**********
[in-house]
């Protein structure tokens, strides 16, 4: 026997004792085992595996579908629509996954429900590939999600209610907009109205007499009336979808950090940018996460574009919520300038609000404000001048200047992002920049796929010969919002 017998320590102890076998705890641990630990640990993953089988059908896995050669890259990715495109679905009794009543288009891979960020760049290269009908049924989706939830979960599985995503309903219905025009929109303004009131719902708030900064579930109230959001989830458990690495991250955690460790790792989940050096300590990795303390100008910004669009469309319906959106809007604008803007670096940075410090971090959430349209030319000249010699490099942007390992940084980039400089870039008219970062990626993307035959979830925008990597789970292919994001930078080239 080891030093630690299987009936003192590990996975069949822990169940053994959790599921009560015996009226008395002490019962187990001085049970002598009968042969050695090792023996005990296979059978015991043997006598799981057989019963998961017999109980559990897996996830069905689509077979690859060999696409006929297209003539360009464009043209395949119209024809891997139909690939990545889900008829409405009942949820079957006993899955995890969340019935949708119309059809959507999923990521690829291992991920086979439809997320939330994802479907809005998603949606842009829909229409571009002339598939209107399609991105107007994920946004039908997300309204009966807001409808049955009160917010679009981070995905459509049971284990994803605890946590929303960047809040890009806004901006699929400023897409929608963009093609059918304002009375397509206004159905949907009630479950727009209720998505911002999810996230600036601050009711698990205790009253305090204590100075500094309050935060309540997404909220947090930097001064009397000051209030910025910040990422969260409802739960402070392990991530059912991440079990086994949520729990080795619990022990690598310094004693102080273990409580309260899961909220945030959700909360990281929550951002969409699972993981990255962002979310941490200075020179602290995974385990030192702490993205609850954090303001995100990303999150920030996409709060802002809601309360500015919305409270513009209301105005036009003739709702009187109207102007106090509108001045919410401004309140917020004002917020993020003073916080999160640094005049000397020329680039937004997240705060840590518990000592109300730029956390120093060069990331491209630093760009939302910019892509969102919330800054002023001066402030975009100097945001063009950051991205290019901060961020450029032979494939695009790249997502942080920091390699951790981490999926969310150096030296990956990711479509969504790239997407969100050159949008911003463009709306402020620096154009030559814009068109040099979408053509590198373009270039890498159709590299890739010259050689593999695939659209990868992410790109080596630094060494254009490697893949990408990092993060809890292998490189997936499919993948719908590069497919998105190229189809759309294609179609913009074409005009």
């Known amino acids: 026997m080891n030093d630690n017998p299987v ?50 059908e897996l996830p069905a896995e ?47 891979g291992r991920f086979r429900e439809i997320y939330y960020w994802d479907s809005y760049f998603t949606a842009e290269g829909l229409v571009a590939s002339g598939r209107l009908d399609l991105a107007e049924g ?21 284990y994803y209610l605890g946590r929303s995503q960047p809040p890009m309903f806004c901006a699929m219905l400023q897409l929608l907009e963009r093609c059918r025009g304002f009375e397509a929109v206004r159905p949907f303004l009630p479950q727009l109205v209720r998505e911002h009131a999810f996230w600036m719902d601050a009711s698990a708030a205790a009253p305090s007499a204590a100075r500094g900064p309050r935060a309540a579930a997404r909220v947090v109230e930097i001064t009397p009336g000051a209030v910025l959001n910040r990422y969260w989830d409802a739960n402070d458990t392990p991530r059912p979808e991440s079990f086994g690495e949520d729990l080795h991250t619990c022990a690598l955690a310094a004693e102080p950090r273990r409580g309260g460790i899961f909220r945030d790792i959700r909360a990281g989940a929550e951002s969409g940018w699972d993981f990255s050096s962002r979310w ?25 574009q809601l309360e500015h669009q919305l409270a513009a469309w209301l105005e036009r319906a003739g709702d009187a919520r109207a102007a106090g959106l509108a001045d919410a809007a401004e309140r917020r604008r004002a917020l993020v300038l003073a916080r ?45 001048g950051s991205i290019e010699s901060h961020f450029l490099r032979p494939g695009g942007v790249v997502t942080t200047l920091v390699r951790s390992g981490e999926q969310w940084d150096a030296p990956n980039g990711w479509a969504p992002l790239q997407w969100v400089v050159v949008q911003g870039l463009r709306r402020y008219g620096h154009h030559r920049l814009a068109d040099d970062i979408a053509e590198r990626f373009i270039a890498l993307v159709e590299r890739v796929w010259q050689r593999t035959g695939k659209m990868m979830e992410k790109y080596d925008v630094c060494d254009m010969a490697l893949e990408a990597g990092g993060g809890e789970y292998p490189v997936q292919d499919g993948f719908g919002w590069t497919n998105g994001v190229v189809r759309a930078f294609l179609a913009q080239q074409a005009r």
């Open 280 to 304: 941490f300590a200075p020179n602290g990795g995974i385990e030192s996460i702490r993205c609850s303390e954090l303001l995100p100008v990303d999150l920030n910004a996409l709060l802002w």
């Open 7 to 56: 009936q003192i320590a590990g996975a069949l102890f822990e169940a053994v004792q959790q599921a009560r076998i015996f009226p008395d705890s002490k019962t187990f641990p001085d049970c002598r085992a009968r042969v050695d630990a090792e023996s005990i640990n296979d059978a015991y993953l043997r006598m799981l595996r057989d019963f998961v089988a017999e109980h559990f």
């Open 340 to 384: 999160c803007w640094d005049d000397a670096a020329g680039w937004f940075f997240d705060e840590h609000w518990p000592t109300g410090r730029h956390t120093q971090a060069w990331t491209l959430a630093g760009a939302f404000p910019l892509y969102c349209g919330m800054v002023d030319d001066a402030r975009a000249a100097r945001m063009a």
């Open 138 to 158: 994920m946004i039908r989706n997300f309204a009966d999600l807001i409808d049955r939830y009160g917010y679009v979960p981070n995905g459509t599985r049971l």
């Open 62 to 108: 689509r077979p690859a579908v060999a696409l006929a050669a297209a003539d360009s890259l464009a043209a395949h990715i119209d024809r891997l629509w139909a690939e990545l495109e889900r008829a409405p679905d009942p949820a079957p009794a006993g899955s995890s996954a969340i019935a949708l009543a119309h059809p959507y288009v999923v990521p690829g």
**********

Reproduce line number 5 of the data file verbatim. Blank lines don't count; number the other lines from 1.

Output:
């Open 7 to 56: 009936q003192i320590a590990g996975a069949l102890f822990e169940a053994v004792q959790q599921a009560r076998i015996f009226p008395d705890s002490k019962t187990f641990p001085d049970c002598r085992a009968r042969v050695d630990a090792e023996s005990i640990n296979d059978a015991y993953l043997r006598m799981l595996r057989d019963f998961v089988a017999e109980h559990f």